The Pujdaks subsequently filed for relief under chapter 7, and the plaintiff filed an adversary proceeding against them under § 523(a)(2)(A) and (a)(19). Id. Ultimately, the bankruptcy court excepted the Pujdaks' debt to the plaintiff from discharge under § 523(a)(19) to the extent of $42,830.68 (including the amount of damages not trebled) in spite of the plaintiff's election of her remedy under SCUTPA in the Court's judgment.

    Based on the foregoing analysis, I conclude that I committed no "clear error" in excepting the Wilkes' claim in the amount of $160,000 plus 9% interest from Mr. Cancelosi's discharge pursuant to § 523(a)(19), based on the Award and the Confirming Judgment.

    4) Appropriateness of the Offset Provision

    If any clarification on the point needs to be made, the Judgment excepts only the $160,000 plus 9% interest provided for in the Confirming Judgment from Mr. Cancelosi's discharge under § 523(a)(19). Mr. Cancelosi complains that I "alluded to" the damages of $767,353.42 the arbitrator found for securities law violations in the Judgment. My reference was for one purpose only: The Wilkes allegedly lost $767,353.42, based on the securities law violations of the Arbitration Respondents, as found by the arbitrator in the Award, subject to potential recoveries from disposition of the subject securities and recoveries from the various Respondents. I included the offset provision in the Judgment so that Mr. Cancelosi would be entitled explicitly to a dollar for dollar offset against the $160,000 plus 9% interest nondischargeable debt to the extent that the Wilkes' recoveries from the disposition of subject securities and recoveries from Respondents other than Mr. Cancelosi reduce their overall losses from their securities transactions with the Respondents to less than the $160,000 plus 9% interest judgment debt excepted from Mr. Cancelosi's discharge.[4] If I erred in giving that equitable potential benefit to Mr. Cancelosi in the Judgment, I expect that I will be so instructed following an appeal.

    As for Mr. Cancelosi's argument that an offset should be provided for any recovery *525 by the Wilkes on Loan ALCO61060 specifically, as Mr. Cancelosi's guarantee against loss only applied with regard to Loan ALCO61060, Mr. Cancelosi has never submitted documentation for Loan ALCO61060 or his guarantee for admission as evidence in this Adversary Proceeding. Consequently, I have no basis in the record to evaluate his suggestion for offset and decline to do so now.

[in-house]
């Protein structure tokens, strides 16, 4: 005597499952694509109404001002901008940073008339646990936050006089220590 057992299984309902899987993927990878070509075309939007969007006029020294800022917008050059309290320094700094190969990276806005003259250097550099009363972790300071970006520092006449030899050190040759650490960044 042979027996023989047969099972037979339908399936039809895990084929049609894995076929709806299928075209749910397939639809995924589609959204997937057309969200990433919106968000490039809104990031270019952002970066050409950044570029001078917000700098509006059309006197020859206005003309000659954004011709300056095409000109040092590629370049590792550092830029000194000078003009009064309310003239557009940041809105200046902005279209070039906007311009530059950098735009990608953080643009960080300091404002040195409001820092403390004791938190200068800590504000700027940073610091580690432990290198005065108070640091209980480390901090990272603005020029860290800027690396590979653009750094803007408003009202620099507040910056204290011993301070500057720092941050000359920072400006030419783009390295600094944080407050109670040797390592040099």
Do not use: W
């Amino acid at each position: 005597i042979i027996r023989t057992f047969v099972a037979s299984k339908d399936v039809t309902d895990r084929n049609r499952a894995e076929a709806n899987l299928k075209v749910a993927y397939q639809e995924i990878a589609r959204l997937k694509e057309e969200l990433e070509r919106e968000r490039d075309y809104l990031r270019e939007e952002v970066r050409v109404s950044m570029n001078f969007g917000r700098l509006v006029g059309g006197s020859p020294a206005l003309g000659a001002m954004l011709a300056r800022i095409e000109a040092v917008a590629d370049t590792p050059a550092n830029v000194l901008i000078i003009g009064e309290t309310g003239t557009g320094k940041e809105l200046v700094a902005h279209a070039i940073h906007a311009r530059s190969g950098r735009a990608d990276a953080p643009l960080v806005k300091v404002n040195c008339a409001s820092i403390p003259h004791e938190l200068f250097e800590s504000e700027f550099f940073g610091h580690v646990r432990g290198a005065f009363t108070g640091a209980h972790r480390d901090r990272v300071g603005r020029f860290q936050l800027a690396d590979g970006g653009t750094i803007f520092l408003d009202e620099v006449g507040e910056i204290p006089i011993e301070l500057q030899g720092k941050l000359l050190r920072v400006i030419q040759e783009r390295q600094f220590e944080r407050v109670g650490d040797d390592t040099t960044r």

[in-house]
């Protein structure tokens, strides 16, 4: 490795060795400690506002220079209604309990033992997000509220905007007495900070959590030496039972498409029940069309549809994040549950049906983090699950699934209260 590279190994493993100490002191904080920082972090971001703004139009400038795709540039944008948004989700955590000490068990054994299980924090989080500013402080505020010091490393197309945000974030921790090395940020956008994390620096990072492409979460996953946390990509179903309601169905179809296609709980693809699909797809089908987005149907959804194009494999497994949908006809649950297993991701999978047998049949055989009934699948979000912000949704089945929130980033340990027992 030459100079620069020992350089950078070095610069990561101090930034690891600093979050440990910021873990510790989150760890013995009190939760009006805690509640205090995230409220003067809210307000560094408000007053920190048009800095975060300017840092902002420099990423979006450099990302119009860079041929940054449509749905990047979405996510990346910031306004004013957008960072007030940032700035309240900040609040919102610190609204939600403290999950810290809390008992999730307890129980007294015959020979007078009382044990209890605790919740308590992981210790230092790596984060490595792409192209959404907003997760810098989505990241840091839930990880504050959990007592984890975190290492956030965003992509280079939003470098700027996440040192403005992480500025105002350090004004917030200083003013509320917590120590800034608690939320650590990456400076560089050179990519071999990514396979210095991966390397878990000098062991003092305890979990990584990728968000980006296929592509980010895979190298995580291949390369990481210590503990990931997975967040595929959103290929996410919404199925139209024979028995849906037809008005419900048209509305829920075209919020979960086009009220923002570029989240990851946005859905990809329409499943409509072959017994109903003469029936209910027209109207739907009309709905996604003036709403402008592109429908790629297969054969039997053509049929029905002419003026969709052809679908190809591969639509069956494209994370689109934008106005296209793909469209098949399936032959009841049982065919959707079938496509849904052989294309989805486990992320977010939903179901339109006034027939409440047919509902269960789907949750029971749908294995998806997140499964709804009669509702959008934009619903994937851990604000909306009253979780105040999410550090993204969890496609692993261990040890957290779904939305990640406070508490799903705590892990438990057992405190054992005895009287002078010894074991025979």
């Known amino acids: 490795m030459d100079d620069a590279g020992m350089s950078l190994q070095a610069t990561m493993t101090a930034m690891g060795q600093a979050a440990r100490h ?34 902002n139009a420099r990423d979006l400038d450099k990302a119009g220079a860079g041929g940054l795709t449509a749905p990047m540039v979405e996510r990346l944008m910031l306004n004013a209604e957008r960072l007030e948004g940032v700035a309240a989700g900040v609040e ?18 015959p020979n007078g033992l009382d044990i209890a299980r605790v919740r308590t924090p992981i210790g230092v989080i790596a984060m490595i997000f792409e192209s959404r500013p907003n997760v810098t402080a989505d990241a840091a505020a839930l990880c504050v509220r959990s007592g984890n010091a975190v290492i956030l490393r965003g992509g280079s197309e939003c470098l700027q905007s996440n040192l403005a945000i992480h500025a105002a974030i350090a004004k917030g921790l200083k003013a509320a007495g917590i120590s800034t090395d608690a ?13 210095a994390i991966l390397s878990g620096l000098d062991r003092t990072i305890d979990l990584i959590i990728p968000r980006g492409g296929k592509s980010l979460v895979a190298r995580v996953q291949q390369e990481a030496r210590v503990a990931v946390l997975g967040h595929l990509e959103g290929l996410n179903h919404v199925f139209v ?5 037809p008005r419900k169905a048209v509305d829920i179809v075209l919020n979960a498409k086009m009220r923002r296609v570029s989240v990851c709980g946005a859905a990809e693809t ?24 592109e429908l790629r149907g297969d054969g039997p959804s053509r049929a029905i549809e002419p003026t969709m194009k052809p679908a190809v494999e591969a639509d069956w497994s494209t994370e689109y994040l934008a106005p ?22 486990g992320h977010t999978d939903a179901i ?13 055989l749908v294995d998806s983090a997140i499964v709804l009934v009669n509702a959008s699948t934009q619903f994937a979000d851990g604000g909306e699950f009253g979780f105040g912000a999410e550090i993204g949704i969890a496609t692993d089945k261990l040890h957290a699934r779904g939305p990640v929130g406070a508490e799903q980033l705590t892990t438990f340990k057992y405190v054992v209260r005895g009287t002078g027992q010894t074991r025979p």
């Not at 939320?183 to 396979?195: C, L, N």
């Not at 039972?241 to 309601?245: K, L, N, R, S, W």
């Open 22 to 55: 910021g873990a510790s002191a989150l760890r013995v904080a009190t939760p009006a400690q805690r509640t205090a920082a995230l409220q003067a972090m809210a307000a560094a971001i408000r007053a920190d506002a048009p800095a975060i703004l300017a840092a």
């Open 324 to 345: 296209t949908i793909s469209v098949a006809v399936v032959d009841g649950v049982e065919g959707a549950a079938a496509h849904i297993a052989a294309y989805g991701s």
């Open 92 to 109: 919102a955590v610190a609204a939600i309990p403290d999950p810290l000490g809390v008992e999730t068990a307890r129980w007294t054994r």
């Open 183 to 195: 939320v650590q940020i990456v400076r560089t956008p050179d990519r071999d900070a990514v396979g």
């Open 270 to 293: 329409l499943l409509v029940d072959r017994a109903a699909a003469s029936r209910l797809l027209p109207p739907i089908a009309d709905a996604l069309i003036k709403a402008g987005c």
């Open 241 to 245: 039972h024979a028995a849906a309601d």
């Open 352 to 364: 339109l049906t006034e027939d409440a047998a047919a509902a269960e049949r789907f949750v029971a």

Based on the foregoing review and analysis of the record and relevant authorities, I will deny Mr. Cancelosi's Motion to the extent he seeks alteration or amendment of the Judgment. A separate order will be entered contemporaneously deciding all open issues raised in the Motion.


    [1] Unless otherwise indicated, all chapter and section references are to the Bankruptcy Code, 11 U.S.C. §§ 101-1532, and all "Rule" references are to the Federal Rules of Bankruptcy Procedure, Rules XXXX-XXXX. The Federal Rules of Civil Procedure are referred to as "Civil Rules."

    [2] Section 523(a)(19) specifically provides a chapter 7 discharge does not discharge an individual debtor from any debt that

    (A) is for—(i) the violation of any of the Federal securities laws (as that term is defined in Section 3(a)(47) of the Securities Exchange Act of 1934), any of the State securities laws, or any regulation or order issued under such Federal or State securities laws; or (ii) common law fraud, deceit, or manipulation in connection with the purchase or sale of any security; and

    (B) results, before, on, or after the date on which the petition was filed, from—(i) any judgment, order, consent order, or decree entered in any Federal or State judicial or administrative proceeding; (ii) any settlement agreement entered into by the debtor; or (iii) any court or administrative order for any damages, fine, penalty, citation, restitutionary payment, disgorgement payment, attorney fee, cost, or other payment owed by the debtor.

    [3] Mr. Cancelosi also argues that the Wilkes recognized that the Confirming Judgment "was found . . . in Breach of Contract," citing the Wilkes' Motion to Allow Exception from Discharge, Adversary Proceeding Docket No. 38 at p. 1, ¶ 2. I note that the Wilkes have appeared pro se throughout the Adversary Proceeding, and I interpret their statements in pleadings as those of laymen. In the Ninth Circuit, pleadings from pro se parties are to be construed liberally. See Beaty v. Schriro, 554 F.3d 780, 783 (9th Cir.2004). I further note that in the pleadings included in Adversary Proceeding Docket No. 38, the Wilkes clearly argue that any claim for breach of contract is tied to their claims with respect to sales of securities. Mr. Cancelosi does not argue that the Wilkes are estopped from pursuing their claim under § 523(a)(19) by any admissions in their pleadings.

    [4] The record reflects that Acuity Lending is in receivership, and the Wilkes may recover something when net receivership proceeds from liquidation are distributed.